And for the night owls. Each of us is different. Waking up later is natural. it’s part of our biological clock. Stop feeling guilty about it. Start feeling good about the fact that you have known and have been doing all along, what experts are increasingly advocating.

More by this author

When You Can Stop Yourself From Multitasking, Your Brain Will Start To Change How Silence Affects Our Brains in A Good Way, Science Explains 5 Things That Will Happen When You Wake Up Two Hours Earlier For A Month Why Overthinkers Are Probably Creative Problem-Solvers Expert Says We’ll Be Much More Productive If We Start Work Until After 10am

Trending in Health

1 7 Best Probiotic Supplements (Recommendation & Reviews) 2 Signs of a Nervous Breakdown (And How to Survive It) 3 How to Find Weight Loss Meal Plans That Work for You 4 14 Healthy Easy Recipes for People on the Go 5 How to Manage Anxiety: Sound Advice from a Mental Health Expert

Read Next

Advertising
Advertising
Advertising

Last Updated on March 13, 2019

How to Get out of a Rut: 12 Useful Ways to Get Unstuck

How to Get out of a Rut: 12 Useful Ways to Get Unstuck

Have you gotten into a rut before? Or are you in a rut right now?

You know you’re in a rut when you run out of ideas and inspiration. I personally see a rut as a productivity vacuum. It might very well be a reason why you aren’t getting results. Even as you spend more time on your work, you can’t seem to get anything constructive done. While I’m normally productive, I get into occasional ruts (especially when I’ve been working back-to-back without rest). During those times, I can spend an entire day in front of the computer and get nothing done. It can be quite frustrating.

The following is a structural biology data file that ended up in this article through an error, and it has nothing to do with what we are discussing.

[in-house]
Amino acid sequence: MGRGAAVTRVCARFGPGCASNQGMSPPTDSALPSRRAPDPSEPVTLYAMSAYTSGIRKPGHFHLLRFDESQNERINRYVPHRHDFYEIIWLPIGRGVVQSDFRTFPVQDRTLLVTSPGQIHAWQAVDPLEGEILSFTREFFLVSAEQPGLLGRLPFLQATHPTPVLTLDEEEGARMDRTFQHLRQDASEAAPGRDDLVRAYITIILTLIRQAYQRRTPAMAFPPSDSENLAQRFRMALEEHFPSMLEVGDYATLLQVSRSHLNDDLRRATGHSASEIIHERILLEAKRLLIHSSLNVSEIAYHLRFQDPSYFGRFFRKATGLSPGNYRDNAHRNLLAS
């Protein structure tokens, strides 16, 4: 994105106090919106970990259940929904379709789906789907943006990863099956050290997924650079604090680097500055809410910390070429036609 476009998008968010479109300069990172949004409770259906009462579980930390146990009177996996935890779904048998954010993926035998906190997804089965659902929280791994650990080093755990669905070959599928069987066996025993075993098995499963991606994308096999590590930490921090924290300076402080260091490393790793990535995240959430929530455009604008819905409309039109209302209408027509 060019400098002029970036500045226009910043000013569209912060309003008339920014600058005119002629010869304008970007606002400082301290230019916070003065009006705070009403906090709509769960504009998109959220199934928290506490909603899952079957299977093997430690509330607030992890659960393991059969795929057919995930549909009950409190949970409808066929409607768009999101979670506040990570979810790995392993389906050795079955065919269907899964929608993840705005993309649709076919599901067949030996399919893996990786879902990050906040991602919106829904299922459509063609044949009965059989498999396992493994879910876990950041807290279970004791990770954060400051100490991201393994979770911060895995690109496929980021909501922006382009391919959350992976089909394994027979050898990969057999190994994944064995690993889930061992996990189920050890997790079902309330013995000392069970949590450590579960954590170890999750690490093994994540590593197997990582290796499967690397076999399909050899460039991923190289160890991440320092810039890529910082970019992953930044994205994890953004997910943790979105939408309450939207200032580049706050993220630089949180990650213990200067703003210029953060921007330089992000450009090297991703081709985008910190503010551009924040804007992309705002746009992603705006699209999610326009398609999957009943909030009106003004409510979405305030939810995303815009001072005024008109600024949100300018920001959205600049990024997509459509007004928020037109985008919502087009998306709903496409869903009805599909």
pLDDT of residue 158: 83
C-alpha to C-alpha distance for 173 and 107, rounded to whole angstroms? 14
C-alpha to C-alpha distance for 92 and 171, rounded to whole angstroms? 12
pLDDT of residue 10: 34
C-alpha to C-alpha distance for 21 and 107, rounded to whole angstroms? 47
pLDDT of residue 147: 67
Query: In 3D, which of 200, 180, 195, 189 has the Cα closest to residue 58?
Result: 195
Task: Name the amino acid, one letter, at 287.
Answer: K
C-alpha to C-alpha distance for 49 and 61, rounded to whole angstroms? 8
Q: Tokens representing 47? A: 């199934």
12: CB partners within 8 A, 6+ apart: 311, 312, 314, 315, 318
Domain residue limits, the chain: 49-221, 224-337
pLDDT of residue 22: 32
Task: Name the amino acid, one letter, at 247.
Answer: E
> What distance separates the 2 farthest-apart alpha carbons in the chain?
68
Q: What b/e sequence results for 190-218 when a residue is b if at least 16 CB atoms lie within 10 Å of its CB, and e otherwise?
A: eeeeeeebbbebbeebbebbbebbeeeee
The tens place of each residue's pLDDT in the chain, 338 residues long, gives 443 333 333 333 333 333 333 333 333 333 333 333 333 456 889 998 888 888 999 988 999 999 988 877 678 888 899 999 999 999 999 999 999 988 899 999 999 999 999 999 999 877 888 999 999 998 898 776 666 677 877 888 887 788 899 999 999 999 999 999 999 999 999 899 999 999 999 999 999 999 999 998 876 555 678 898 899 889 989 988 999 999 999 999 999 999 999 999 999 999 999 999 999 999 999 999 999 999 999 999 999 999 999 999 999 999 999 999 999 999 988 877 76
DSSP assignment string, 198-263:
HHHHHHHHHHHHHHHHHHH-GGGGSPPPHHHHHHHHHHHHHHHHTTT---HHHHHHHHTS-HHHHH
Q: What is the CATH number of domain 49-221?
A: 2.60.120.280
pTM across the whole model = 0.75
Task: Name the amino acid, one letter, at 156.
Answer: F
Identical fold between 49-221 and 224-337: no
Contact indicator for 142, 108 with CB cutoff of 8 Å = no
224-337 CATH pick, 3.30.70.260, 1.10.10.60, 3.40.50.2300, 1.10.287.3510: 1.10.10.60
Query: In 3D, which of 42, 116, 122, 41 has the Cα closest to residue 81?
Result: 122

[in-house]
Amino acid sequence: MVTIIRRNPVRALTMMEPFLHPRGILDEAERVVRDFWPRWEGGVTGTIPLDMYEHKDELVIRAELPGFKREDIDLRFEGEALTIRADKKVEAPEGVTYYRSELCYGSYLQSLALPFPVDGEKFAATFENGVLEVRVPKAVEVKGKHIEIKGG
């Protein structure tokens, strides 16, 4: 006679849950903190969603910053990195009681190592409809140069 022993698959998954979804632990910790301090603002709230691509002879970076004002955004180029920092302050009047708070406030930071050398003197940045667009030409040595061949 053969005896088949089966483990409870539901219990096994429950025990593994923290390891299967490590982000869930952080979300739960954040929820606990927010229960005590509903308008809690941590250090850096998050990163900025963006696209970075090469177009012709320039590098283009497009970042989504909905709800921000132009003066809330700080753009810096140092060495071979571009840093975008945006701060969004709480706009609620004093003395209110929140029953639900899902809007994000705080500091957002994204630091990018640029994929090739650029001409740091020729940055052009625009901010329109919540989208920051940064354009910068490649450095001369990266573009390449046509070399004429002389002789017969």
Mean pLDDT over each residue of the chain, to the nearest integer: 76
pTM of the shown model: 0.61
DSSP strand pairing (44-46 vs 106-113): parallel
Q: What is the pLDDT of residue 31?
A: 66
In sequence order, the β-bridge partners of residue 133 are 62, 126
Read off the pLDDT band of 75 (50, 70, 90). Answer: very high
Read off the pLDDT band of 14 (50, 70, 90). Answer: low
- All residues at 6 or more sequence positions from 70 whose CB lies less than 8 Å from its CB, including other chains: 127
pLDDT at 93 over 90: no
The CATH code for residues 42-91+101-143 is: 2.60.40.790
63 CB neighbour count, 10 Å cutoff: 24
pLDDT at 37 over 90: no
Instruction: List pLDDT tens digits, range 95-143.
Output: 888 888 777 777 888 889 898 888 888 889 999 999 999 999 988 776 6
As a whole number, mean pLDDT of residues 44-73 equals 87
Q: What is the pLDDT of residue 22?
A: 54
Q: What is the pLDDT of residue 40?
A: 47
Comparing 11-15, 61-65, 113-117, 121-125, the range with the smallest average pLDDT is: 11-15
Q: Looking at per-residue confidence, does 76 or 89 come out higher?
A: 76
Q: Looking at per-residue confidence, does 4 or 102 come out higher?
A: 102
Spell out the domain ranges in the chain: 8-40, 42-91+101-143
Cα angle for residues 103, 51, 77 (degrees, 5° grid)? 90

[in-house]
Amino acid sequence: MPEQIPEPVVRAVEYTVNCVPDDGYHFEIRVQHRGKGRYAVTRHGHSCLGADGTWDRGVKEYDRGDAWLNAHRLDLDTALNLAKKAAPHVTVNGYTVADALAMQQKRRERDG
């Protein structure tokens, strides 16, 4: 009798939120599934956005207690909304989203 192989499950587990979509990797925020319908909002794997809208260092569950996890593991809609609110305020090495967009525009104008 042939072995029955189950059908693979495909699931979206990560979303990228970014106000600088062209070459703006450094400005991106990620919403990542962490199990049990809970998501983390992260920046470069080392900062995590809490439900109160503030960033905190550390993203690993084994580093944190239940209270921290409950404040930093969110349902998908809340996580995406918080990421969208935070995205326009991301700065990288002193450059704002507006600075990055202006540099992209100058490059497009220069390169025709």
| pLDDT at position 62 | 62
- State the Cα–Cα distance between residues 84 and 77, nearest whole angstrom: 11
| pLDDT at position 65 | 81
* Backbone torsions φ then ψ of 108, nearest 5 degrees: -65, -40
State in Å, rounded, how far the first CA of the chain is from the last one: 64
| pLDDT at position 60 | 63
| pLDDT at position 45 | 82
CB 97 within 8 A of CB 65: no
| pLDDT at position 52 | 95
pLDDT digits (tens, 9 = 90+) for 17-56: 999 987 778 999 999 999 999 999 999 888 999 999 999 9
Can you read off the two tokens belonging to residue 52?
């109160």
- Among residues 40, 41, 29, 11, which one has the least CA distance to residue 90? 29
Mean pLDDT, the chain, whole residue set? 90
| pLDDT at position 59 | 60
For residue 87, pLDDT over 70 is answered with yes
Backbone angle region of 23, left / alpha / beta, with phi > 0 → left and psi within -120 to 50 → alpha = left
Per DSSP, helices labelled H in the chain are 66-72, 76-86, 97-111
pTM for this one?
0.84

Over time, I have tried and found several methods that are helpful to pull me out of a rut. If you experience ruts too, whether as a working professional, a writer, a blogger, a student or other work, you will find these useful. Here are 12 of my personal tips to get out of ruts:

1. Work on the small tasks.

When you are in a rut, tackle it by starting small. Clear away your smaller tasks which have been piling up. Reply to your emails, organize your documents, declutter your work space, and reply to private messages.